179A.r.s Week in Review - 5/11/2003
- May 11, 2003Alt.religion.scientology
Week in Review Volume 8, Issue 5
5/11/2003 by Rod Keller [rkeller@...]
Alt.religion.scientology Week in Review summarizes the most significant
postings from the Usenet group Alt.religion.scientology for the preceding
week for the benefit of those who can't follow the group as closely as
they'd like. Out of thousands of postings, I attempt to include news of
significant events, new affidavits, court rulings, new contributors,
whatever. I hope you find it useful. Like many readers of a.r.s, I have a
kill file. So please take into consideration that I may not have seen some
of the most significant postings.
The articles in A.r.s Week in Review are brief summaries of articles
posted to the newsgroup. They include message IDs for the original
articles, and many have a URL to get more information. You may be able to
find the original article, depending on how long your site stores articles
in the newsgroup before expiring them.
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> RitalinRoll Call reported on May 7th that U.S. Representative Patrick Kennedy of
Rhode Island will oppose a bill supported by Scientology to prevent
requirements that some students take medicine for attention deficit
"Psychiatrists and at least one lawmaker are taking on the Church of
Scientology's support for a provision in a House special education bill
that seeks to prevent teachers from requiring students to take medication
for attention-deficit disorder. 'It's a wolf in sheep's clothing,' said
Rep. Patrick Kennedy (D-R.I.) of the provision that was added to the
Individuals with Disabilities Education Act reauthorization, which passed
the House last week. 'I suspect it probably had its antecedents in the
community that believes that all medication for kids with
[attention-deficit disorder] is wrong.'
"Kennedy and members of the psychiatric profession say the provision,
which has been aggressively backed by the Scientology-founded Citizens
Commission on Human Rights, is an attempt to achieve what opponents charge
is Scientology's broader goal of abolishing the field of psychiatry
"The provision, sponsored by freshman Rep. Max Burns (R-Ga.) and supported
by Speaker Dennis Hastert (R-Ill.), is intended to address highly
publicized cases in several states of teachers pressuring parents to
medicate children with Ritalin and other psychotropic drugs. Burns said he
was aware that the provision was backed by CCHR, but said his goals were
far different from those of the Church of Scientology and CCHR, which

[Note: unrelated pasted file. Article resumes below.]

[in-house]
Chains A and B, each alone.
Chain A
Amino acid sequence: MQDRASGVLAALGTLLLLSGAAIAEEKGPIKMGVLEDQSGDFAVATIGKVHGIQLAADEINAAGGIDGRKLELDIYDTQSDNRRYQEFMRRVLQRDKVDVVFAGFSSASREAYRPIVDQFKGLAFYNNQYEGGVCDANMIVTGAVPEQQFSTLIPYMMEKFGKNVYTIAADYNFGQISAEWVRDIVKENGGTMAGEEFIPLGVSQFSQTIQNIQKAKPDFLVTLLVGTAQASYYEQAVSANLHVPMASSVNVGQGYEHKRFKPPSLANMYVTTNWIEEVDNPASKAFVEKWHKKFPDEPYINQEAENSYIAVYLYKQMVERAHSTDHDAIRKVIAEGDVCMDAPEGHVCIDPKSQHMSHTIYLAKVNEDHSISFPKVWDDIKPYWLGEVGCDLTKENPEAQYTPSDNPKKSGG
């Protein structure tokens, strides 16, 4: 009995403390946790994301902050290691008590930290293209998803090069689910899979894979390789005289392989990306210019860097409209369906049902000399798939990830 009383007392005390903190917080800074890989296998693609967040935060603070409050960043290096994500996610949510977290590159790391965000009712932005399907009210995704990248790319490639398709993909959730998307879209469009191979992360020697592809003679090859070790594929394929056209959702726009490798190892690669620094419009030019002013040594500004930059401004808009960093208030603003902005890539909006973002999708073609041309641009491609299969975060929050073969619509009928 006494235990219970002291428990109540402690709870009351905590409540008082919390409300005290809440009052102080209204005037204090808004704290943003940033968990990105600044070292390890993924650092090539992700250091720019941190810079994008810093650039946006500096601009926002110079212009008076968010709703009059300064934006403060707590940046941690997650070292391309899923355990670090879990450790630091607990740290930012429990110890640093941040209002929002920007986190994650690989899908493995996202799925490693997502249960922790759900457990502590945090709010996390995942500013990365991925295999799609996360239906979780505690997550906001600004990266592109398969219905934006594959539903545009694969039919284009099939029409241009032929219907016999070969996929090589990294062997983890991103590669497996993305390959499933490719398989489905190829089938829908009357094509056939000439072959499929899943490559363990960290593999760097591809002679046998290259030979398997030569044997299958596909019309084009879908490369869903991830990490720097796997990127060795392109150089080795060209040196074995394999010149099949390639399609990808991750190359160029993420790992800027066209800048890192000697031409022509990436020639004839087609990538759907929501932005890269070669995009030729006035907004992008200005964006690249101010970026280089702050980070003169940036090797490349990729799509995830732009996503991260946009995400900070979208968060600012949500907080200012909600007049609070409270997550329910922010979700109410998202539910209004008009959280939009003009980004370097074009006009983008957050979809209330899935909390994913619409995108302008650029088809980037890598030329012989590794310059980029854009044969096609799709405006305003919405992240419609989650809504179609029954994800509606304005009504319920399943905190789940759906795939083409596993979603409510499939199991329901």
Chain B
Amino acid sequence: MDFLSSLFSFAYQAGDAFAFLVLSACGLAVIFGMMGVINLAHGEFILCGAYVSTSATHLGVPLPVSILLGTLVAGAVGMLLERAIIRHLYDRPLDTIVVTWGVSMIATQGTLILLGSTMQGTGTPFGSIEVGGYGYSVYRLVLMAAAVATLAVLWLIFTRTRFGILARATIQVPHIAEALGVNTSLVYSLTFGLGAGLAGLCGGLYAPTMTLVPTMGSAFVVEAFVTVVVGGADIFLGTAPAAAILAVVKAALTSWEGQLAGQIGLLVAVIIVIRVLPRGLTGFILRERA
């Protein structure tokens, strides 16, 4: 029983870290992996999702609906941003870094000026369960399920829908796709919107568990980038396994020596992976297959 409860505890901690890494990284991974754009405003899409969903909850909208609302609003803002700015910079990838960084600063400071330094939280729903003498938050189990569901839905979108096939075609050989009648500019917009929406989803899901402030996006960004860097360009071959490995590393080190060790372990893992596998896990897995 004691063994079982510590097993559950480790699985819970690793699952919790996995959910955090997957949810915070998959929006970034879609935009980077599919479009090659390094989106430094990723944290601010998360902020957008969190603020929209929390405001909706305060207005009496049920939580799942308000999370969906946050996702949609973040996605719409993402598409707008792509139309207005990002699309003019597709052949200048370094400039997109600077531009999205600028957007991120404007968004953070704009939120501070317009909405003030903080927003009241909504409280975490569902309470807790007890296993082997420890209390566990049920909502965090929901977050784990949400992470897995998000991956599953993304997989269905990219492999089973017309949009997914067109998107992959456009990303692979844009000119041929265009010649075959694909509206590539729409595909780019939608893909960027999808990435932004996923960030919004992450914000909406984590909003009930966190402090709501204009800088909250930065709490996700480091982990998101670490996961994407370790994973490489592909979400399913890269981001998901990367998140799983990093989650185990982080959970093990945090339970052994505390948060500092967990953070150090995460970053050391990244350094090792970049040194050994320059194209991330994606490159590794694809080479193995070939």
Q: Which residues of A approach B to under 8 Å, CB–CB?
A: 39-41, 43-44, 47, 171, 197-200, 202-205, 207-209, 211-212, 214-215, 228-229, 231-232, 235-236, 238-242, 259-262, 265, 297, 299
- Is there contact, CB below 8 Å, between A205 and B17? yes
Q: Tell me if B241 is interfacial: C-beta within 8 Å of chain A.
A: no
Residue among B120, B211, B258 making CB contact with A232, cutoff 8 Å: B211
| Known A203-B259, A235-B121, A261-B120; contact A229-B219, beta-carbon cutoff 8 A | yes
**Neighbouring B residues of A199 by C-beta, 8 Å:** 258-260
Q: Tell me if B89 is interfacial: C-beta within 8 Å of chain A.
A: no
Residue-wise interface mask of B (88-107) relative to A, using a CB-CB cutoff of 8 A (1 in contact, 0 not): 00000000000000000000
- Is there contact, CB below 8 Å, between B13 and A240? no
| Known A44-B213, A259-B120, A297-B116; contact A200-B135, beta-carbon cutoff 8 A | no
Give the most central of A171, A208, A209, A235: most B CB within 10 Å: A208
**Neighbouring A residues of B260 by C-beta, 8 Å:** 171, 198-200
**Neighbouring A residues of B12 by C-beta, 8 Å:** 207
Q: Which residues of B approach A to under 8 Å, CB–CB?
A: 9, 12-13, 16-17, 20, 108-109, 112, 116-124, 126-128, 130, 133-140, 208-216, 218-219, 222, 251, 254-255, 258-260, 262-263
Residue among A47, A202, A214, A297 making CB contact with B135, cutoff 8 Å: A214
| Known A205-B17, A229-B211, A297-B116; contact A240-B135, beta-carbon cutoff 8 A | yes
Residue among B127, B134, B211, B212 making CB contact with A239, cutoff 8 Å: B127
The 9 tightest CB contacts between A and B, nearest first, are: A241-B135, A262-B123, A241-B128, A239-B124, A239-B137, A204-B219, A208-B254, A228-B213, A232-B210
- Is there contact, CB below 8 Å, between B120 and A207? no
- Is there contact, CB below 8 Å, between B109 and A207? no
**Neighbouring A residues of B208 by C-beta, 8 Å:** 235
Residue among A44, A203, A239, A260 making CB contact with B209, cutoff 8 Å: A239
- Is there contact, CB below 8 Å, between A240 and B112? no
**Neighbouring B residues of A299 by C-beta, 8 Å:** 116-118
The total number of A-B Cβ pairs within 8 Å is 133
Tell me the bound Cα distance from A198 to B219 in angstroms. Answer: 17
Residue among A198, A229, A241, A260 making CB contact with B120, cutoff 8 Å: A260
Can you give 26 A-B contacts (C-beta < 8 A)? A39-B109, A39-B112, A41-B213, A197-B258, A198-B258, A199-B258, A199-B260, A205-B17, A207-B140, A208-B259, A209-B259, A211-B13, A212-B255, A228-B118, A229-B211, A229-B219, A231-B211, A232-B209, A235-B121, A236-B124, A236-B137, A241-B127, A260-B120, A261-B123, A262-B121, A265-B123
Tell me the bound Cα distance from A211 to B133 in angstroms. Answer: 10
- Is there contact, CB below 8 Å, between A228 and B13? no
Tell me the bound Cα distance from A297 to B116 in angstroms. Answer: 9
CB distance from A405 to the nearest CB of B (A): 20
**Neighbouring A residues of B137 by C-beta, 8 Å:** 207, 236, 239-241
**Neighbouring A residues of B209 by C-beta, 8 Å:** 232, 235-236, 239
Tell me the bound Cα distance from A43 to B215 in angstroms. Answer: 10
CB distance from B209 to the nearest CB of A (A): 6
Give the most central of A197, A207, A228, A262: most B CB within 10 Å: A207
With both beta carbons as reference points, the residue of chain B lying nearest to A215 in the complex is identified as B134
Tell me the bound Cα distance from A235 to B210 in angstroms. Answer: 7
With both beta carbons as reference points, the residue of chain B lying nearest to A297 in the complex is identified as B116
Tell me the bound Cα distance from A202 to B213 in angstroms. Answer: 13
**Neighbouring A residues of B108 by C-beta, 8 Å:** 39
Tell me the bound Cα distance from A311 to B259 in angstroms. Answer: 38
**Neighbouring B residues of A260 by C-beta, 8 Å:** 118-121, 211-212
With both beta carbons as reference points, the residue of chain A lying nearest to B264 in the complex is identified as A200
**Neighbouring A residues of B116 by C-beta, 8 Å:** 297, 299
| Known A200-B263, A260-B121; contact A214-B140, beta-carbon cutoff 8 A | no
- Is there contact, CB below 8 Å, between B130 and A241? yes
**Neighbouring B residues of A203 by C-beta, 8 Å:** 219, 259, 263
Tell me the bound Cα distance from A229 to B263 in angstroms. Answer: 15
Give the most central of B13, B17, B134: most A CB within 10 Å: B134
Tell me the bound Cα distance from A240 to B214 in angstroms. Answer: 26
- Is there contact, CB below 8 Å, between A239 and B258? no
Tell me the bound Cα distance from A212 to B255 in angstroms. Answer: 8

dispute the American Psychiatric Association's determination that
attention-deficit/hyper-activity disorder, or ADHD, is a medical condition
that sometimes requires medication.
"'I did not go out and solicit that support,' said Burns. 'We're not
trying to take away the scientifically based treatments that we have. But
we don't want to over-diagnose or misuse some of these treatments.'
"But psychiatric organizations that oppose the provision - including the
American Academy of Child and Adolescent Psychiatry, the American
Psychiatric Association, the Federation of Families for Children's Mental
Health, the National Alliance for the Mentally Ill, and the National
Mental Health Association - claim supporters have been duped into
supporting a measure that they say could prevent teachers from even
talking to parents about the possibility of their child being evaluated by
a mental health professional. 'It's all an organized campaign to discredit
the mental health profession and disavow the existence of childhood mental
disorders,' said Clarke Ross, CEO of the nonprofit Children and Adults
with Attention Deficit-Hyperactivity Disorder.
"CCHR spokeswoman Marla Filidei countered that her organization has been
fighting for the provision because of hundreds of stories from parents
about teachers and school districts that have urged or pressured parents
to put their nonattentive children on drugs, such as Ritalin, to address
what may be simple behavior problems or the boredom of a gifted child.
CCHR's Web site states that the group was formed in 1969 by the Church of
Scientology and State University of New York psychiatrist Dr. Thomas Szasz
to 'combat psychiatry's oppression' and to 'expose and help abolish any
and all physically damaging practices in the field of mental healing.'
"Opponents of the provision are hoping to find allies in the Senate to
prevent the provision from becoming law. One lobbyist for the psychiatric
profession said they have already targeted a number of Democrats on the
Senate Health, Education, Labor and Pensions Committee, such as Sens.